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Building Resilient Infrastructure and Communities (BRIC)
Federal Emergency Management Agency (FEMA) announced their new BRIC program, aimed at supporting communities by investing in pre-disaster resiliency and mitigation projects. The Disaster Recovery Reform Act of 2018 (DRRA) established a National Public Infrastructure Pre-Disaster fund focused solely on community resilience and mitigation projects through an unprecedented set aside of up to six (6) percent of estimated disaster recovery costs.
The new law is consistent with three overarching strategic goals identified in FEMA’s 2018-2022 Strategic Plan:
- Build a Culture of Preparedness
- Ready the Nation for Catastrophic Disasters
- Reduce the Complexity of FEMA
BRIC will replace the Pre-Disaster Mitigation program (PDM) in 2020 and fund community approaches to the hardening of key community lifelines, including infrastructure. BRIC eliminates the uncertainty of annual funding levels doled out by Congress for pre-disaster mitigation projects and creates a larger, nationally competitive program based on expenditures through the Disaster Relief Fund (DRF). Funding will still vary from year-to-year because disaster costs will vary each year, but the potential for funding is tremendous.
FEMA also offered four webinars this past June to engage with stakeholders that highlighted key topics in the development of the BRIC.
How to Participate in BRIC
If you missed the series of webinars (topics listed below) in June 2019 where FEMA solicited public comments on the development of BRIC, you can still participate.
- Hazard Mitigation Planning
- Grant Application and Evaluation and Risk Based Funding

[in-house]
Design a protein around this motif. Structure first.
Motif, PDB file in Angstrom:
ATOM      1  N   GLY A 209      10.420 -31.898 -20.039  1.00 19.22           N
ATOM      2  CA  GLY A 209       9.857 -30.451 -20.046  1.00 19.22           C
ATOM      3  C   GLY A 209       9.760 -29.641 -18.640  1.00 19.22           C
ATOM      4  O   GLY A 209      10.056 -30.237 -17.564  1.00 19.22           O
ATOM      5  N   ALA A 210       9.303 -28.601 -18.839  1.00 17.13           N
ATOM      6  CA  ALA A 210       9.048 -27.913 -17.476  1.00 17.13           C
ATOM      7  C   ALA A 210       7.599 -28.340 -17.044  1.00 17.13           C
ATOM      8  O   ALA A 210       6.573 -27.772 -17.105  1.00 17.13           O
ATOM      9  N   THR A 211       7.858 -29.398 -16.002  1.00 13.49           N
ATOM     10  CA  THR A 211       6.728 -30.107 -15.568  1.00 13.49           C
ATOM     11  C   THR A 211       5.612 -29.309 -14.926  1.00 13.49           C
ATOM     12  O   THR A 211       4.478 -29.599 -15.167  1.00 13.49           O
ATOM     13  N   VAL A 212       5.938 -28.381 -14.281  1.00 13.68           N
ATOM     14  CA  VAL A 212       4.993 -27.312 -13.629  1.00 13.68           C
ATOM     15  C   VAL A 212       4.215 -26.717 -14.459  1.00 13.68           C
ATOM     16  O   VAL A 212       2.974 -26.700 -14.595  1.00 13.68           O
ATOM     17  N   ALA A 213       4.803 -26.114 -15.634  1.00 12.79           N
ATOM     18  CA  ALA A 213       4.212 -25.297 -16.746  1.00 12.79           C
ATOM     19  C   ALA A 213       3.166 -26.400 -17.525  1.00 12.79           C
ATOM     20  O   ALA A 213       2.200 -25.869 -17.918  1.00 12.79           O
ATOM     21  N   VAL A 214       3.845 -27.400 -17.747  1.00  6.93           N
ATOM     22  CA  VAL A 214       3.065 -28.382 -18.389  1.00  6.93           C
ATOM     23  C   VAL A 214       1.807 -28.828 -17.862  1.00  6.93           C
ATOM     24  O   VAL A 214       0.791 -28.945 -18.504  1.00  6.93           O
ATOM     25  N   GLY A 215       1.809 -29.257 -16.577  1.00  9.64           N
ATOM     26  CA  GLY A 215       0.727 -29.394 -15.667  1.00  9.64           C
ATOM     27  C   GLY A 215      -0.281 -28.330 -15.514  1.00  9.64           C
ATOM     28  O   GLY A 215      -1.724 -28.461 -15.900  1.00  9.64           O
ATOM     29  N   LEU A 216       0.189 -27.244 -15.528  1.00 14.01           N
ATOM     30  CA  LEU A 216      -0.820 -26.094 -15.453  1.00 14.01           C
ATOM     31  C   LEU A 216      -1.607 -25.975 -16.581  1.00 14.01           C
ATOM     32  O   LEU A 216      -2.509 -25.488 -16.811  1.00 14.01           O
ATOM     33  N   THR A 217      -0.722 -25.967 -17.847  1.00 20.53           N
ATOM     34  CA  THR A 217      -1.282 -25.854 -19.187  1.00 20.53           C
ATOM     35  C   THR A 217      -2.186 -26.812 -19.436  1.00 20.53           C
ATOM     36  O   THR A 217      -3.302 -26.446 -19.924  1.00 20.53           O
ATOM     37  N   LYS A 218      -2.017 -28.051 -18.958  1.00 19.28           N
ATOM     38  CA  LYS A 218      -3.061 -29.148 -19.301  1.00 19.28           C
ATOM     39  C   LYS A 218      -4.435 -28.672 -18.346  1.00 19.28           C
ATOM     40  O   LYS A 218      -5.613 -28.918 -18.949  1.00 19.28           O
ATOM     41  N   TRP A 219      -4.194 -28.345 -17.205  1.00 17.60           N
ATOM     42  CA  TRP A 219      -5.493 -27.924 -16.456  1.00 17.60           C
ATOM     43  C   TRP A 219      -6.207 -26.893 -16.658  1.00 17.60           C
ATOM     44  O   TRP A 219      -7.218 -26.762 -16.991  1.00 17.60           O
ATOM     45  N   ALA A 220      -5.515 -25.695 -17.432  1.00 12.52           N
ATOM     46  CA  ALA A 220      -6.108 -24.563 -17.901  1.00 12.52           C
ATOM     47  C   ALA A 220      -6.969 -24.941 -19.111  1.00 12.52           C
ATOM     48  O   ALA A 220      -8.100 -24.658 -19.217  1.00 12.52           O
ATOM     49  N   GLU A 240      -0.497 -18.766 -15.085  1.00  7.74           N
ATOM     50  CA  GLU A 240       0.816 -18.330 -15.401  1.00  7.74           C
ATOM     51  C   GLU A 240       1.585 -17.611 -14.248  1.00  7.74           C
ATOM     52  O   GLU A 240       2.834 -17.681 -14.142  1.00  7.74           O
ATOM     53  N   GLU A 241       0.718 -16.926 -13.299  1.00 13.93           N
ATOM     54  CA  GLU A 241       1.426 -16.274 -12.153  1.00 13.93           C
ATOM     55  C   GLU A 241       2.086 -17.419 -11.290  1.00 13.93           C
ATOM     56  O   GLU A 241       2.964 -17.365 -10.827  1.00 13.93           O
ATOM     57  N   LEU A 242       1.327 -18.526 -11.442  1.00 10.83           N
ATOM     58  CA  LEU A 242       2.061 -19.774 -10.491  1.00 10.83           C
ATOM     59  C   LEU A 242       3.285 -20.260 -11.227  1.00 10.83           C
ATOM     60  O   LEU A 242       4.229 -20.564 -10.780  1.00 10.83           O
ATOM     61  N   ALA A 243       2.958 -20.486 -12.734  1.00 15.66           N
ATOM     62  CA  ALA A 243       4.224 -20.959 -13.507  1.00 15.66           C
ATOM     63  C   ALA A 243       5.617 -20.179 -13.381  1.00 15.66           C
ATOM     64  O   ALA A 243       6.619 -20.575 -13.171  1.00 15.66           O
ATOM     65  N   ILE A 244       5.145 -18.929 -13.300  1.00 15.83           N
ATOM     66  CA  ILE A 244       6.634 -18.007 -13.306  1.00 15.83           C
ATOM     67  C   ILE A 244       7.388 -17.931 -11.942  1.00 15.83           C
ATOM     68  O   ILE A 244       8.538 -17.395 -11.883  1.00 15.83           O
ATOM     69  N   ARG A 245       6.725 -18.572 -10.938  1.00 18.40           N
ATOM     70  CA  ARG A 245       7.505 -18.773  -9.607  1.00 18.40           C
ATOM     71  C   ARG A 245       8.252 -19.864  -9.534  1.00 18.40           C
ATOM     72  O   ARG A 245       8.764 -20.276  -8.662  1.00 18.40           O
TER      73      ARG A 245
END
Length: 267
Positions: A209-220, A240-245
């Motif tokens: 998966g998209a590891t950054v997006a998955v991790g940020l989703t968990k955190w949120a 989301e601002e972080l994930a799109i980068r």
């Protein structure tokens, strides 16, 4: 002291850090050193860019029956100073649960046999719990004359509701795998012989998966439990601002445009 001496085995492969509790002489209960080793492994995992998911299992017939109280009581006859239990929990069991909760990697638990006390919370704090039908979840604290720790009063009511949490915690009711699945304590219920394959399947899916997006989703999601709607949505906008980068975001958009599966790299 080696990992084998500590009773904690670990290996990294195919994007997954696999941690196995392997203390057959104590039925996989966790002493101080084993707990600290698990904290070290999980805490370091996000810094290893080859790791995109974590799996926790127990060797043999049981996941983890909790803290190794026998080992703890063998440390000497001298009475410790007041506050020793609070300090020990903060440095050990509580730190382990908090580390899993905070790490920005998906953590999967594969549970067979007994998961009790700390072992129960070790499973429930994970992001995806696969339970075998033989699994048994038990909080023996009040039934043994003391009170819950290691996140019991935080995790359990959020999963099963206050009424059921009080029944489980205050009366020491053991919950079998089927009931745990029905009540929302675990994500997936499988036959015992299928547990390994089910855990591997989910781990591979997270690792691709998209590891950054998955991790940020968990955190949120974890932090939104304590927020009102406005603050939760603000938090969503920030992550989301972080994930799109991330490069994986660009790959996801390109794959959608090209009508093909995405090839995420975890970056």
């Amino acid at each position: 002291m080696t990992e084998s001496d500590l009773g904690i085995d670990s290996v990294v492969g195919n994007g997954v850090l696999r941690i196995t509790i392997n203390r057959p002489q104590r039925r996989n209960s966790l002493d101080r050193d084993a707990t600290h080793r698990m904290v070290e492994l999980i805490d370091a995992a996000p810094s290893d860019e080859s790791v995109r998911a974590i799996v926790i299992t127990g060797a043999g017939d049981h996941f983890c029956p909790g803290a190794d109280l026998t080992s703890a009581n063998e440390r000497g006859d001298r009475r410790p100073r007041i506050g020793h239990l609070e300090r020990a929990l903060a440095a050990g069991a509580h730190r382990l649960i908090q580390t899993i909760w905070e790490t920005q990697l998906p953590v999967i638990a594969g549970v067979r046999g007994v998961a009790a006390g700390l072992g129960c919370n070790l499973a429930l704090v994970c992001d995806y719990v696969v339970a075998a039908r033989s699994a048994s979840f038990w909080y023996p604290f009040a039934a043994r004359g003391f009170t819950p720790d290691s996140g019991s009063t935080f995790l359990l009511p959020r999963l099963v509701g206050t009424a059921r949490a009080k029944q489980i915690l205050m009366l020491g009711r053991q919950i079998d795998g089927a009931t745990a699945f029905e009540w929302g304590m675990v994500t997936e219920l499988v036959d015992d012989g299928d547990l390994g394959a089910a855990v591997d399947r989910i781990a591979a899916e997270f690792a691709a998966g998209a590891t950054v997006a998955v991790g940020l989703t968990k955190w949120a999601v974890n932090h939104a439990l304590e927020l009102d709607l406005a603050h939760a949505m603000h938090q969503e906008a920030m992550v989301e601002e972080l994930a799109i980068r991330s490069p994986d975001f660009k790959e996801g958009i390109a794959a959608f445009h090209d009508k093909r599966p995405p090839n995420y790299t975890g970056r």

- Funding and Resource Management and Benefit-Cost Analysis
- Building Codes and Enforcement and Capacity and Capability
FEMA is seeking feedback on the role of technical assistance in the BRIC program and how technical assistance may ease an applicant’s burdens and streamline the application process. It is also important to be an active voice in the BRIC development process – let your voice be heard on what your community needs from this new program, including access to technical assistance and what risk methodology will be used to evaluate projects.
Contact Witt O’Brien’s for our expertise in qualifying projects under the current HMPG & PDM programs through 2019. We can also help clients take advantage of the 2020 BRIC program funds and aid communities in the completion of applications.
Colin Vissering, Managing Director, Hazard Mitigation & Preparedness
Colin offers more than two decades of experience in FEMA Hazard Mitigation programs, along with expertise in all federal environmental and historic preservation compliance requirements. Colin has managed grants and environmental and cultural resource activities for national federal programs.
We can help shape the comments or concerns potential applicants may wish to submit for consideration in the development of BRIC. We can update risk or hazard planning efforts in support of feasible BRIC projects, and support the project development, navigation, and implementation of what is anticipated to be a rigorous application process for BRIC funds.
In addition to projects that reduce or mitigate risks to key community lifelines, BRIC may also be used to:
- Hire additional staff
- Train current and future staff
- Encourage public/private partnerships
- Encourage improvement assessments of community vulnerabilities
- Contribute to mitigation goals and priorities
- Encourage adoption of latest building codes, specifications and standards